When asked what “doing for others” looks like for him, Morrow doesn’t hesitate: “Serving. It’s little things all the time.” He mentions his band, and the urge to care for them as people and friends. He brings up his wife, Sherry, and his dedication to her, as well as their shared commitment to supporting organizations such as the Salvation Army in new, concrete ways. “It’s looking around my community and just seeing where there’s loss or grief or suffering. Is there any way I can be there for somebody?” he says. “Even if it’s for me to just be in the room, quiet and available.”
His newfound dedication to seeking out hurt and need around him emanates throughout the album. “In and Out of Light” explores the ideal balance between consistency and change, and serves as a call to see the downtrodden we so often choose to overlook. He sounds a similar cry on the soaring “Let Us Love,” a chest-pounding anthem pleading for open hearts, and “Hiding Anything,” in which he encourages listeners to “fall into arms that you can’t see.”
“Old Soul” is signature Morrow, gleefully mixing profound and silly to create a song that’s introspective, enlightening, and playful. “I’m an old soul, searching for a new way to rock and roll,” he sings over a flush band with standout guitar and Hammond B-3. A jubilant rock breakdown pays homage to early Morrow heroes like Led Zeppelin, and it’s clear he’d be hard-pressed to have more fun.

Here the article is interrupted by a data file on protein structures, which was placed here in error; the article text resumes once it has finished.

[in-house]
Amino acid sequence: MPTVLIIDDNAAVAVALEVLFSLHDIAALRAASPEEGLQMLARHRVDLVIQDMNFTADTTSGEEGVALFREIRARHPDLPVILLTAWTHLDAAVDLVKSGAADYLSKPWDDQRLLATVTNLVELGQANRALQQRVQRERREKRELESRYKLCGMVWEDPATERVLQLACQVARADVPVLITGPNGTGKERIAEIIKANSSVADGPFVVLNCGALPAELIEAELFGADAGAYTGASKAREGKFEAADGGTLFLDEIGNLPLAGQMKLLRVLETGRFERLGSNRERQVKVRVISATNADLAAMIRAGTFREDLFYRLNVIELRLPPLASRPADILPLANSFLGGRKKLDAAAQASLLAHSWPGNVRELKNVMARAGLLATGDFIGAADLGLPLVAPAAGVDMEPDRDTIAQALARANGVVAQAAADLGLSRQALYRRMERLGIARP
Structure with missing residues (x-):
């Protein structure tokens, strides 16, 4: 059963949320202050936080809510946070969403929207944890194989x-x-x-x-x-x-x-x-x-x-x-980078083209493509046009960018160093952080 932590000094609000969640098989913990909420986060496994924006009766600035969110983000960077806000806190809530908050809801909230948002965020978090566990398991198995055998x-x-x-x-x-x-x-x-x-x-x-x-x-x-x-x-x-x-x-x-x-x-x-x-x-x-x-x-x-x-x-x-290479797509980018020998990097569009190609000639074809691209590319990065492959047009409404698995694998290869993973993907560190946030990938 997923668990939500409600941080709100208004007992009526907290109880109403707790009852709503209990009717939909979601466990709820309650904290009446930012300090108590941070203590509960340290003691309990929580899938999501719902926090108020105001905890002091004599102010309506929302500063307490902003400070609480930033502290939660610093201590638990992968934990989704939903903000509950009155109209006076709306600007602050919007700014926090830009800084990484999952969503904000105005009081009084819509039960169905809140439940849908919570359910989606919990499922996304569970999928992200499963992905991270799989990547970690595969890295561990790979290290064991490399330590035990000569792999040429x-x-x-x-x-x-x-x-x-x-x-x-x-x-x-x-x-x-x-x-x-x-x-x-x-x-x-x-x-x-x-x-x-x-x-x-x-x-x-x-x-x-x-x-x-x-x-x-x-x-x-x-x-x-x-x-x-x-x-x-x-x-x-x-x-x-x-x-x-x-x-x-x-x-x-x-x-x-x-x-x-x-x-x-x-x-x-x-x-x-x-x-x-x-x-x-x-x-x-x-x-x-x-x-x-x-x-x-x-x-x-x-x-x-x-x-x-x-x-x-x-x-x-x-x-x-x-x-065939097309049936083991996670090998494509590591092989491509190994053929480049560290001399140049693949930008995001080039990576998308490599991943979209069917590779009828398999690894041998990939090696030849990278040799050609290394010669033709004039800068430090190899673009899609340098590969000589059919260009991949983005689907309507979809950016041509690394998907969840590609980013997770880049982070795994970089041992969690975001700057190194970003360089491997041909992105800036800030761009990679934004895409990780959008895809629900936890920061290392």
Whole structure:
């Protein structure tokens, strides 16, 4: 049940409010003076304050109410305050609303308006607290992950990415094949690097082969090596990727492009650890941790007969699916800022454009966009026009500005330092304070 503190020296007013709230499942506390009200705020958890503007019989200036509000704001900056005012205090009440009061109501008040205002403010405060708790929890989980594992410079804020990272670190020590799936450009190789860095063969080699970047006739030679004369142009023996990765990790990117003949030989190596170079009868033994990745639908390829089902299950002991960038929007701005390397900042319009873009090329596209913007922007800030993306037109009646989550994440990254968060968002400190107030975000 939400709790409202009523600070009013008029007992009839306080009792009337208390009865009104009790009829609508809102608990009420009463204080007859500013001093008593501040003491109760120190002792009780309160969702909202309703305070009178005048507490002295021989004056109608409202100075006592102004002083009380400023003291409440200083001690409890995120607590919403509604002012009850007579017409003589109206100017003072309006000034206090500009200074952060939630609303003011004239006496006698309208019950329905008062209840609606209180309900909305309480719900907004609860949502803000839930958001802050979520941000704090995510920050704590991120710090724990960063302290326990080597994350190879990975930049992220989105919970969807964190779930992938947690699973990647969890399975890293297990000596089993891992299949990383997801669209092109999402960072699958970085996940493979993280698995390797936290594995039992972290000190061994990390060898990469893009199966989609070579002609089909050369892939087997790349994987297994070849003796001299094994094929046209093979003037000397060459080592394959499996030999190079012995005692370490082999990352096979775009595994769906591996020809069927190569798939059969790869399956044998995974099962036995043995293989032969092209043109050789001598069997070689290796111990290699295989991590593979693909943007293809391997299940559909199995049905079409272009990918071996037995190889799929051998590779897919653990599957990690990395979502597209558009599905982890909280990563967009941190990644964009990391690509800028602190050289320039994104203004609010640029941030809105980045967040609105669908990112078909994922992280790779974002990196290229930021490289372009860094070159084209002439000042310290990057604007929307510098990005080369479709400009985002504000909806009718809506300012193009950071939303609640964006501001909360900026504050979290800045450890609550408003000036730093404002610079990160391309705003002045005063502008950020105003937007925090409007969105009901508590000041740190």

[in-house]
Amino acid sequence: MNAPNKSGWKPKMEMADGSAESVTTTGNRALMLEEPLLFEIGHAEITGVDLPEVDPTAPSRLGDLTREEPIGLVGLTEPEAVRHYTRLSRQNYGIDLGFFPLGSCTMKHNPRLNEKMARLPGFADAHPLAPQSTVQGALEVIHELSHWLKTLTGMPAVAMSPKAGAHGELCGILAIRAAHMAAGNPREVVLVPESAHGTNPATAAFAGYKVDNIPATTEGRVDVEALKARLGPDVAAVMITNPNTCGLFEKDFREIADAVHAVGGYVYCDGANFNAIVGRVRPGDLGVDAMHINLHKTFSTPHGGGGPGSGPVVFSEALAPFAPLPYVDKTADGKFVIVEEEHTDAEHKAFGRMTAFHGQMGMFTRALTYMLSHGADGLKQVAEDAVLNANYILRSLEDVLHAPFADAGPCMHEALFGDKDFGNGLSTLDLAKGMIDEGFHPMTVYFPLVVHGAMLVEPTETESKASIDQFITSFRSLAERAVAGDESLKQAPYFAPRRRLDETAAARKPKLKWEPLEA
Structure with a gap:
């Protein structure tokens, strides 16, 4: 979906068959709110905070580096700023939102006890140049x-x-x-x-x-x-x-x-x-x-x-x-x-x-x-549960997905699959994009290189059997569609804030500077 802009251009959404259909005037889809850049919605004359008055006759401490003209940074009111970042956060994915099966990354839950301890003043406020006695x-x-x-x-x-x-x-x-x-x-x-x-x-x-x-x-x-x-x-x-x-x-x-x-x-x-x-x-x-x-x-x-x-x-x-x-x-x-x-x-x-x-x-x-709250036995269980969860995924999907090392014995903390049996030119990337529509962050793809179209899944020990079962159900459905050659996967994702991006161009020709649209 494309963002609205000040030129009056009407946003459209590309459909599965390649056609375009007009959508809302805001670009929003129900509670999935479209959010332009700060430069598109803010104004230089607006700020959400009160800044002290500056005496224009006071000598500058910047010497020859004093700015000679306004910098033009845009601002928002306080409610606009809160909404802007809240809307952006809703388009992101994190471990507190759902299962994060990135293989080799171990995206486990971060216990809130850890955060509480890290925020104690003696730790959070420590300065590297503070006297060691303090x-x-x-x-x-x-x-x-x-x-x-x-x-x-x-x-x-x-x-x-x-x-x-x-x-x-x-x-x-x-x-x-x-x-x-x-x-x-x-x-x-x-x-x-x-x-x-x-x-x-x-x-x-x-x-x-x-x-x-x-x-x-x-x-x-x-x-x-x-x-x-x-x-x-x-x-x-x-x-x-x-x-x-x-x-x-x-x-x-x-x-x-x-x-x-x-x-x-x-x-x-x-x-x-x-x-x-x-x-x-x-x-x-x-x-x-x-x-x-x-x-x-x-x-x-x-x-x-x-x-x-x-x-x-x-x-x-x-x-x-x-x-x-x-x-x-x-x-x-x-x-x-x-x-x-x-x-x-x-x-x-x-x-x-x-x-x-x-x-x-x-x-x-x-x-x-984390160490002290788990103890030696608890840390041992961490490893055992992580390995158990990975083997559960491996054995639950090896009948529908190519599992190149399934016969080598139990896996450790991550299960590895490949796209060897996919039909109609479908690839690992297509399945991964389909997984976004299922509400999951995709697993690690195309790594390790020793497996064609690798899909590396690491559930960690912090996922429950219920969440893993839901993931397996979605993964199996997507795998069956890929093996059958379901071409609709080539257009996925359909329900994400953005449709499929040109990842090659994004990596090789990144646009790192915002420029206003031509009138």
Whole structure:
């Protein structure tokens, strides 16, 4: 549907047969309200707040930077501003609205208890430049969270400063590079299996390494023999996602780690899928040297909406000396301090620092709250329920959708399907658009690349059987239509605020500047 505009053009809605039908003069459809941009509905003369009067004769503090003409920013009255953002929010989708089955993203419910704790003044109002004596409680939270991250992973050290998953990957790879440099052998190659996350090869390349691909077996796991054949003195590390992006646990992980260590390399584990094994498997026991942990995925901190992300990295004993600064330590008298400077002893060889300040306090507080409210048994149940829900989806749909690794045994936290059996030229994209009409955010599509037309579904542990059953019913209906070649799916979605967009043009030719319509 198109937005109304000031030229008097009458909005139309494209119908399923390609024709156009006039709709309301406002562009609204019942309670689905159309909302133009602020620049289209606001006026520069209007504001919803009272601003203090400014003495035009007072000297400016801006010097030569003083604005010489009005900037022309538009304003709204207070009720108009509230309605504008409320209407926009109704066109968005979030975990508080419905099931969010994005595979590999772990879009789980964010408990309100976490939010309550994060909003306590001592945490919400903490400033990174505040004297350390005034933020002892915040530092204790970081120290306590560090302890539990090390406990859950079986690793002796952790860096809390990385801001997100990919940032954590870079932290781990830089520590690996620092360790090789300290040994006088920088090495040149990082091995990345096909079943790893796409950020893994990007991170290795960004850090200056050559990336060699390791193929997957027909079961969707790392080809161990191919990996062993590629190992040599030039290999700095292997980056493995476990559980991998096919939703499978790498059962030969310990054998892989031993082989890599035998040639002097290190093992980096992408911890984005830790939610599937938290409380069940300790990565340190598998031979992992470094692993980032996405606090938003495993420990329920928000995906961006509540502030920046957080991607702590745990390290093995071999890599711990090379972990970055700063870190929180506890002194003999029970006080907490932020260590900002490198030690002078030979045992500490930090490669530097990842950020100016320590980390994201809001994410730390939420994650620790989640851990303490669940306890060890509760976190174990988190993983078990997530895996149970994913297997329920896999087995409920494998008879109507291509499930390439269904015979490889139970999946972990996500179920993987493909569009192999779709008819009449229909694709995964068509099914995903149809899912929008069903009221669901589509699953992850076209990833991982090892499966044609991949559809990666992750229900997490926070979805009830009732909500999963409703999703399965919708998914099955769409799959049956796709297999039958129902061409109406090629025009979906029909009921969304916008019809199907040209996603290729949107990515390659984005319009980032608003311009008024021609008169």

Pickup lines are turned on their head in “Old with You” as Morrow celebrates settling down. He penned the poignant “Little Man” for son Bear, his oldest. A four-year-old, two-and-a-half-year-old, and six-month-old twin boys fill his house with a different kind of crazy these days, keeping the Morrows perpetually on their toes.
Morrow laughingly refers to “Running After You” as his “blanket song”––a song that covers all of his boys. “It’s the idea that they’re each individually unique and beautiful in their own way, but all loved exactly the same,” he says. In the vein of “Love Without End, Amen,” written by fellow Texan Aaron Barker and immortalized by George Strait, “Running After You” is a masterfully delivered ode to fatherly love, both earthly and divine. “I want my sons to know that truth and love from the moment that they can actually speak so that when they get older, it won’t be such a far distance from them to travel––to come back home,” he says.
When asked if love serves as a unifying theme for The Good Fight, Morrow brings up the parable of “The Prodigal Son,” and the story’s precarious conclusion: Does the angry, older son ultimately follow his father into the party to celebrate his lost brother’s return?
“I think that’s what the record is for me,” Morrow says. “Everybody is the prodigal son––they’ve gotten lost and experienced love and redemption. And everybody is also very jealous of anybody else who’s gotten the kind of love they think they deserve. I think that the point of that story is that love is there, no matter what. You can’t earn it, you can’t make it greater, and you can’t do anything to make it smaller.” He pauses before adding, “Yeah. I’d love for the record to be about that kind of love. Perfect love.”